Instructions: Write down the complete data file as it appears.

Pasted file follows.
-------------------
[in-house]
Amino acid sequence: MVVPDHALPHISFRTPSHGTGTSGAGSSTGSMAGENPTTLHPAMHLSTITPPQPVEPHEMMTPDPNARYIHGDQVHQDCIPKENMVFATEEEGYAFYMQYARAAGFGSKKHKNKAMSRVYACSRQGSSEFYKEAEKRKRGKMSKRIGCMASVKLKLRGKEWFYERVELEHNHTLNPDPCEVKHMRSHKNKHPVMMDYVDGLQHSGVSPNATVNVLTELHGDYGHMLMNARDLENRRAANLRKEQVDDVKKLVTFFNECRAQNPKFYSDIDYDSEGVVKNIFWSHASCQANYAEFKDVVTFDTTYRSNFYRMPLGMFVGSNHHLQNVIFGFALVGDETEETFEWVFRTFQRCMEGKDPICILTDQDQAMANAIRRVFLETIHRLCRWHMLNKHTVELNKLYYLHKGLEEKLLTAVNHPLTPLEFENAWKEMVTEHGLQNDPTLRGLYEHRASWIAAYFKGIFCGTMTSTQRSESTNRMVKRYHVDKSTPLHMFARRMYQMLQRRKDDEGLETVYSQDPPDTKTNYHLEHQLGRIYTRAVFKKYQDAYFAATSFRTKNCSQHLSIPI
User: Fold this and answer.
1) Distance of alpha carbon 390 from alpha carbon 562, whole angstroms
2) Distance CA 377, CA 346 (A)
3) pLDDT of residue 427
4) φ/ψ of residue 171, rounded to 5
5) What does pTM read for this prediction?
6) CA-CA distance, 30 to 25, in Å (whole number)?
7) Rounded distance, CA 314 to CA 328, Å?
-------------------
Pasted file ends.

[in-house]
Amino acid sequence: MVVPDHALPHISFRTPSHGTGTSGAGSSTGSMAGENPTTLHPAMHLSTITPPQPVEPHEMMTPDPNARYIHGDQVHQDCIPKENMVFATEEEGYAFYMQYARAAGFGSKKHKNKAMSRVYACSRQGSSEFYKEAEKRKRGKMSKRIGCMASVKLKLRGKEWFYERVELEHNHTLNPDPCEVKHMRSHKNKHPVMMDYVDGLQHSGVSPNATVNVLTELHGDYGHMLMNARDLENRRAANLRKEQVDDVKKLVTFFNECRAQNPKFYSDIDYDSEGVVKNIFWSHASCQANYAEFKDVVTFDTTYRSNFYRMPLGMFVGSNHHLQNVIFGFALVGDETEETFEWVFRTFQRCMEGKDPICILTDQDQAMANAIRRVFLETIHRLCRWHMLNKHTVELNKLYYLHKGLEEKLLTAVNHPLTPLEFENAWKEMVTEHGLQNDPTLRGLYEHRASWIAAYFKGIFCGTMTSTQRSESTNRMVKRYHVDKSTPLHMFARRMYQMLQRRKDDEGLETVYSQDPPDTKTNYHLEHQLGRIYTRAVFKKYQDAYFAATSFRTKNCSQHLSIPI
User: Fold this and answer.
1) Distance of alpha carbon 390 from alpha carbon 562, whole angstroms
2) Distance CA 377, CA 346 (A)
3) pLDDT of residue 427
4) φ/ψ of residue 171, rounded to 5
5) What does pTM read for this prediction?
6) CA-CA distance, 30 to 25, in Å (whole number)?
7) Rounded distance, CA 314 to CA 328, Å?